682 F.2d 37 (2nd Cir. 1982), 728, Lyell Theatre Corp. v. Loews Corp.
|Docket Nº:||728, Docket 81-7740.|
|Citation:||682 F.2d 37|
|Party Name:||LYELL THEATRE CORPORATION and Martina Theatre Corporation, Plaintiffs, Lyell Theatre Corporation, Plaintiff-Appellant, v. LOEWS CORPORATION, Loews Doe Corporation, JoMor Enterprises, Inc., John R. Martina, Morris P. Slotnick, Columbia Pictures Industries, Inc., United Artists Corporation, Transamerica Corporation, Paramount Pictures Corporation, Pa|
|Case Date:||May 28, 1982|
|Court:||United States Courts of Appeals, Court of Appeals for the Second Circuit|
Argued March 11, 1982.
Martin J. O'Donnell, Boston, Mass. (Cesari & McKenna, Boston, Mass., of counsel), for plaintiff-appellant.
Beryl Nusbaum, Rochester, N. Y. (Woods, Oviatt, Gilman, Sturman & Clarke, Donald W. O'Brien, Jr., Rochester, N. Y., of counsel), for defendants-appellees Loews Corp. and Loews Doe Corp.
James C. Gocker, Rochester, N. Y. (Harris, Beach, Wilcox, Rubin & Levey, Richard L. Smith, Rochester, N. Y., of counsel), for defendants-appellees JoMor Enterprises, Inc., John R. Martina and Morris P. Slotnick.
Frank Raichle, Buffalo, N. Y. (Raichle, Banning, Weiss & Halpern, Buffalo, N. Y., of counsel), for defendants-appellees Columbia Pictures Industries, Inc., United Artists Corp., Paramount Pictures Corp., Paramount Film Distributing Corp. and Metro-Goldwyn-Mayer, Inc.
Henry W. Killeen, III, Buffalo, N. Y. (Jaeckle, Fleischmann & Mugel, Buffalo, N. Y., of counsel), for defendants-appellees Nat. General Pictures Corp., Cinerama Releasing Corp. and Cinerama, Inc.
Before TIMBERS, NEWMAN and CARDAMONE, Circuit Judges.
CARDAMONE, Circuit Judge:
After ten years of broken promises, inactivity and delay, the district court dismissed plaintiffs' complaint for failure to prosecute. We affirm, D.C., 91 F.R.D. 97, and write to make known our view on the appropriateness of the extreme sanction of dismissal.
Plaintiffs Lyell Theatre Corporation and Martina Theatre Corporation (Lyell Theatres) were motion picture exhibitors. At the time this action was instituted these corporations conducted business in Rochester, New York under the control and management of Charles Martina and his son Vincent. The defendants are either film distributors or film exhibitors who were in competition with the plaintiffs. The exhibitor defendants are: Loews Corporation and its Rochester operating subsidiary Loews Doe Corporation; Jo-Mor Enterprises, Inc.; and Jo-Mor's joint owners and managers, John R. Martina and Morris P. Slotnick. The distributor defendants are nationally known companies and include: Columbia Pictures Industries, Inc.; Transamerica Corporation and its wholly-owned subsidiary United Artists Corporation; Paramount Pictures Corporation, Paramount Film Distributing Corporation, and their parent company Gulf & Western Industries, Inc.; National General Pictures Corporation and its parent National General Corporation; Cinerama, Inc. and its wholly-owned subsidiary Cinerama Releasing Corporation; and Metro-Goldwyn-Mayer, Inc. During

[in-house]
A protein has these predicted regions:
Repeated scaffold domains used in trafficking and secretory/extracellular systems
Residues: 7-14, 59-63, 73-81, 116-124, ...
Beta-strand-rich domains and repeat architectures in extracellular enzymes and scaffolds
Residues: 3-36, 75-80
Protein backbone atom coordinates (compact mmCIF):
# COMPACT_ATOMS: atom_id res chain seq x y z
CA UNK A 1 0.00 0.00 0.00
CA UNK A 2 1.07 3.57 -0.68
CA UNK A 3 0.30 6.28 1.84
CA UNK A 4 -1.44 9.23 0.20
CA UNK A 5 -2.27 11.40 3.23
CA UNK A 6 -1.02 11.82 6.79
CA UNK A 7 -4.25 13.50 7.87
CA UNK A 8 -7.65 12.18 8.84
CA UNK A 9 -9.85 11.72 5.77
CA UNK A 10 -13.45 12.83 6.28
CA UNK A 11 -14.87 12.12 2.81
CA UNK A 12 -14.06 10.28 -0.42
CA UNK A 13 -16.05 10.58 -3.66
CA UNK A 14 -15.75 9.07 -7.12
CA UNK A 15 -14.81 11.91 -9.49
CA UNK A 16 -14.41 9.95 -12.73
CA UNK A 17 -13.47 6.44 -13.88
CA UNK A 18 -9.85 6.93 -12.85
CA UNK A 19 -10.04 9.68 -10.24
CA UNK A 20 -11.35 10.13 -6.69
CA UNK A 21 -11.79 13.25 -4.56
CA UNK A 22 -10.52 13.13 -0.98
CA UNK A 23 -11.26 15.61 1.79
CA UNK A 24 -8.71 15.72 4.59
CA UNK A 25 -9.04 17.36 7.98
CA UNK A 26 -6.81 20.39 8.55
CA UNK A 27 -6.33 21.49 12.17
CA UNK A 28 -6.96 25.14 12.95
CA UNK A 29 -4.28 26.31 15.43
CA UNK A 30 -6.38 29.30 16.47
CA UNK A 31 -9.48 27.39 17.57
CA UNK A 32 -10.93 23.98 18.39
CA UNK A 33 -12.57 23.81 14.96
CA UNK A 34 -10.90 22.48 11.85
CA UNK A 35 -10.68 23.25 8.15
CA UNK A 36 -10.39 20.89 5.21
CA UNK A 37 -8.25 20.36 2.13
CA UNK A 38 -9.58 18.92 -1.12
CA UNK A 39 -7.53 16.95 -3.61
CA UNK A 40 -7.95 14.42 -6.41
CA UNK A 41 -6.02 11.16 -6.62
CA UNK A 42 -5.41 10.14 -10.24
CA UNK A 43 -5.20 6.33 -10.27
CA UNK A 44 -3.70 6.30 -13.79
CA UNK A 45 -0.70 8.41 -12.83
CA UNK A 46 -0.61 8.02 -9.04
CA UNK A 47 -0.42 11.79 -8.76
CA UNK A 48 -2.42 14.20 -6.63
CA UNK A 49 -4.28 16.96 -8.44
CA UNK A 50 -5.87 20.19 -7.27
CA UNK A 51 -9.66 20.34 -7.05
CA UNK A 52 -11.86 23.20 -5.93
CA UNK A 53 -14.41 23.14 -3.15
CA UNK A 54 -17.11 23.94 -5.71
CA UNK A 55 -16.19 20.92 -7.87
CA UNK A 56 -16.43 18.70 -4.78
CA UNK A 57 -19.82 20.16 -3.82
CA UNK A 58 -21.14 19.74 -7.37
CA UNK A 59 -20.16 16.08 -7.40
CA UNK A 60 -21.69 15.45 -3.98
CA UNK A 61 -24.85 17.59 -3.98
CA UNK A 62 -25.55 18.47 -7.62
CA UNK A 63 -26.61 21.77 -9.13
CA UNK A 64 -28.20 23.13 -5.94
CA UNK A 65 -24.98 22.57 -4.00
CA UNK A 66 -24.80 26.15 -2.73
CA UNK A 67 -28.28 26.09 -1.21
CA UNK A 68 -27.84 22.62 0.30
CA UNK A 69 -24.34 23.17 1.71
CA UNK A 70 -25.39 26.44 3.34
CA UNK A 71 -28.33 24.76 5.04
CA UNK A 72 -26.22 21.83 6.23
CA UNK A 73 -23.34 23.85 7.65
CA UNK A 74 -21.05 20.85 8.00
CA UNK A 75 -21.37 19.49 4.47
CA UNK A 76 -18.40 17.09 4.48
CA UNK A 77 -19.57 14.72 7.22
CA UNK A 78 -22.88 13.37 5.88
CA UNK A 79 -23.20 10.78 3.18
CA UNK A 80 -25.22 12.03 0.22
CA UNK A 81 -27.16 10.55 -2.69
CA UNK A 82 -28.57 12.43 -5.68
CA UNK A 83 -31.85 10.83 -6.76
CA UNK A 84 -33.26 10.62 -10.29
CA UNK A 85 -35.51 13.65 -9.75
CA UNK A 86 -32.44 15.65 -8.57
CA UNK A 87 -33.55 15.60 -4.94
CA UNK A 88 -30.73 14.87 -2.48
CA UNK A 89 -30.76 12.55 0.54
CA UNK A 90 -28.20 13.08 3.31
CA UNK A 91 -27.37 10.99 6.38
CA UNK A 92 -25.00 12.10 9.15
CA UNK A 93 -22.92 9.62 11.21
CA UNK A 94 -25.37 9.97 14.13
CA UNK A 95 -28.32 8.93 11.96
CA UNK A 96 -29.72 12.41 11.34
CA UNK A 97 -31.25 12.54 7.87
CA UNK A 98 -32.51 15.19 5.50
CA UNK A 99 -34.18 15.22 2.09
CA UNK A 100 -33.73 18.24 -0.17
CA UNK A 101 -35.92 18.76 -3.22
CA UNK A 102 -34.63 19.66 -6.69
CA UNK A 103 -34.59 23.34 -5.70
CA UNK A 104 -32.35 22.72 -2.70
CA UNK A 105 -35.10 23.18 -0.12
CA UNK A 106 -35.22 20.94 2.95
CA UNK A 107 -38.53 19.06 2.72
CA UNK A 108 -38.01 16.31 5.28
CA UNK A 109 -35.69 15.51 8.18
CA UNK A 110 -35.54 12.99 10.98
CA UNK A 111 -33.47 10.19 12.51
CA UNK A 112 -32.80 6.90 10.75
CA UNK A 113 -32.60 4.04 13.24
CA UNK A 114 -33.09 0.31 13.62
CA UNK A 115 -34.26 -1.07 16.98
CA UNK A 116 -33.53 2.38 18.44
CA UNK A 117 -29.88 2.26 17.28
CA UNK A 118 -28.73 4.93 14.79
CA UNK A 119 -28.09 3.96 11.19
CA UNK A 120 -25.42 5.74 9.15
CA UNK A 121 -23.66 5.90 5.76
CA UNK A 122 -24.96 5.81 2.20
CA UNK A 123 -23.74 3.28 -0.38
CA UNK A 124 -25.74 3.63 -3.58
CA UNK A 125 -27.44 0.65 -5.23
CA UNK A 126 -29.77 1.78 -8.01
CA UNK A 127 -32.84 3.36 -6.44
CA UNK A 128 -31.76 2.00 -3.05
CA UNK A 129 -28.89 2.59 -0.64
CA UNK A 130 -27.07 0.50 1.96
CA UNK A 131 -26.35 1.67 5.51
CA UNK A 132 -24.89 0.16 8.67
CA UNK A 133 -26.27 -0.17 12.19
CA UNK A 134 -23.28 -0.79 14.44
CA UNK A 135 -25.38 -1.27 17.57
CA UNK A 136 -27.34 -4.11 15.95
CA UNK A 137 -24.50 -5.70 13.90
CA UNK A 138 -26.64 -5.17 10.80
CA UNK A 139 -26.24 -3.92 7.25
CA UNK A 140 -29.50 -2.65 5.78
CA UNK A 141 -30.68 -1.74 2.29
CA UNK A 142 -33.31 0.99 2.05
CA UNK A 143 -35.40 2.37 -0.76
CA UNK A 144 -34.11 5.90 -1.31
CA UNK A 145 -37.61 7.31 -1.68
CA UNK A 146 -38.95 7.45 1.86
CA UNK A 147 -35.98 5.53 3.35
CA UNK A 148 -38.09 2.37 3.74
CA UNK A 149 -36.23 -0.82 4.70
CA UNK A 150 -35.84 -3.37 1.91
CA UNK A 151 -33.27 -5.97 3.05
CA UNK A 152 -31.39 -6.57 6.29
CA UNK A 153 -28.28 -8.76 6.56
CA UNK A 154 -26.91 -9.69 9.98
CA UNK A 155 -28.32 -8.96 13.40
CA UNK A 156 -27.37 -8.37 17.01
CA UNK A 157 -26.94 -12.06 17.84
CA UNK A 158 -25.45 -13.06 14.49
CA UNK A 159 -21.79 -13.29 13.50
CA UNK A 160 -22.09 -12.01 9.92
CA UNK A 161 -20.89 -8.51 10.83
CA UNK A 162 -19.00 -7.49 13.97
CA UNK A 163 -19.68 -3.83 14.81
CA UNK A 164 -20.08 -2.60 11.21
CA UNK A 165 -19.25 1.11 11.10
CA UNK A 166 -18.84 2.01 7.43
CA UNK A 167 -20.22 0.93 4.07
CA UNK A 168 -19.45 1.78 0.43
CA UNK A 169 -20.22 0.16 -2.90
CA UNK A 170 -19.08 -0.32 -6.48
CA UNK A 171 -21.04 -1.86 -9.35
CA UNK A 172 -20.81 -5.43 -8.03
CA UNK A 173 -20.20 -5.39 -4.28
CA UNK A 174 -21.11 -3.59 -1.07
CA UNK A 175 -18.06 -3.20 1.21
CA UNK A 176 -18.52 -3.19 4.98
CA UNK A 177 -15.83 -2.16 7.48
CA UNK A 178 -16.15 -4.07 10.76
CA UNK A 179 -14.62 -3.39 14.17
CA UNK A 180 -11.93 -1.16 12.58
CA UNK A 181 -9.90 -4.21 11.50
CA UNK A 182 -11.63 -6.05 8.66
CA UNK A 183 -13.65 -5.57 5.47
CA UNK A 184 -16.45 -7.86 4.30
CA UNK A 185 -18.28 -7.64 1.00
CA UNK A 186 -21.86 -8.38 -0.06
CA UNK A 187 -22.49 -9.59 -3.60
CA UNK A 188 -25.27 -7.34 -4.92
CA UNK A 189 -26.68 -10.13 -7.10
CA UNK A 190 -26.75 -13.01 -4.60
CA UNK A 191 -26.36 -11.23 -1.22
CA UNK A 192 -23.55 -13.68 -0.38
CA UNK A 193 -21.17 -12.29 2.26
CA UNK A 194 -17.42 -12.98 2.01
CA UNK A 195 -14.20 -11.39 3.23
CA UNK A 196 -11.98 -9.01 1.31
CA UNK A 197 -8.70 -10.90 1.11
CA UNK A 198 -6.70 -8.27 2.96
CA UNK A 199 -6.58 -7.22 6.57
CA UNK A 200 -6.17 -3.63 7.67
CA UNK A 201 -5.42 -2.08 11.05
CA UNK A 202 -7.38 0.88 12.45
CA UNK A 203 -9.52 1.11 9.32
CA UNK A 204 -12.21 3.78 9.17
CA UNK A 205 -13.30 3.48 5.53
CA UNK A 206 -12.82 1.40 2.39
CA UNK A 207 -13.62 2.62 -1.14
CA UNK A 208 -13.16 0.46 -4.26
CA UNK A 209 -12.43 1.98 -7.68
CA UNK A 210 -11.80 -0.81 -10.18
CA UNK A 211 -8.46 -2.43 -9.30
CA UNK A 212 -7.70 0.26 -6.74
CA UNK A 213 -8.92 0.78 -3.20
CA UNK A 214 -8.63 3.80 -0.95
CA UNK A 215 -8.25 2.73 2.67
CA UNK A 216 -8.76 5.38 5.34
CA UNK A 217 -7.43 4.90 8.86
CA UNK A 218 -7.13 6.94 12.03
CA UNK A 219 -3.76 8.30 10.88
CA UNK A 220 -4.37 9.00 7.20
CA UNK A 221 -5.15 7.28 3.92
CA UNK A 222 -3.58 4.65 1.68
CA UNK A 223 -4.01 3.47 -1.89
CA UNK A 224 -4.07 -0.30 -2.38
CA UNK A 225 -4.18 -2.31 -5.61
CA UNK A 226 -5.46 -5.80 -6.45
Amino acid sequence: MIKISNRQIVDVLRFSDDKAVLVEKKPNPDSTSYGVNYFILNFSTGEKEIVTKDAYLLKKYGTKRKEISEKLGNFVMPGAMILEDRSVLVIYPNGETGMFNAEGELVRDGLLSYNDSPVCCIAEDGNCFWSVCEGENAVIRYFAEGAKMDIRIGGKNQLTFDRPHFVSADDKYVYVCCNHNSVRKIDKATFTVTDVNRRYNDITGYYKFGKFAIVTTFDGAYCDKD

the course of the action the parties agreed to dismiss all claims against National General Corporation, Transamerica Corporation, and Gulf & Western Industries, Inc.; the remaining defendants are the appellees.
This action was commenced on December 16, 1971 when plaintiffs filed a complaint which charged the defendants with violating antitrust laws by conspiring to restrain and monopolize trade in the distribution of motion pictures in the Rochester area. In particular, the complaint alleged that the distributors discriminated against plaintiffs by refusing to lease them films until after the exhibitor defendants had rejected the pictures and by charging these competitors lower film rental fees.
It is fair to conclude from the record that during 1972 and 1973 plaintiffs progressed their suit, as is their obligation, in an expeditious and timely fashion. After 1973, however, whatever initiative had previously been shown evaporated. Inaction and lethargy became the rule as this case meandered slowly downhill to its eventual demise. Other than the substitution of new counsel for plaintiffs on February 25, nothing was done in the year 1974. Plaintiffs' new counsel, Lavin, moved successfully on January 15, 1975 to file a supplemental complaint extending the period of defendants' alleged antitrust activities to June 1974 and increasing damages. In March 1975 plaintiffs served supplemental interrogatories on defendants.
For over two years there was no activity; plaintiffs did nothing to move this case during the last nine months of 1975, the entire year of 1976, and the first six months of 1977. Some action finally occurred only because a district judge fortuitously happened upon this now dormant Rochester suit while reviewing the status of a companion case pending in Buffalo, New York. As a result of his discovery, Judge Curtin noticed a meeting of all the lawyers for June 29, 1977. Lavin responded that he no longer represented plaintiffs. When the meeting convened no one appeared for Lyell Theatres. In early July Judge Curtin issued an order...
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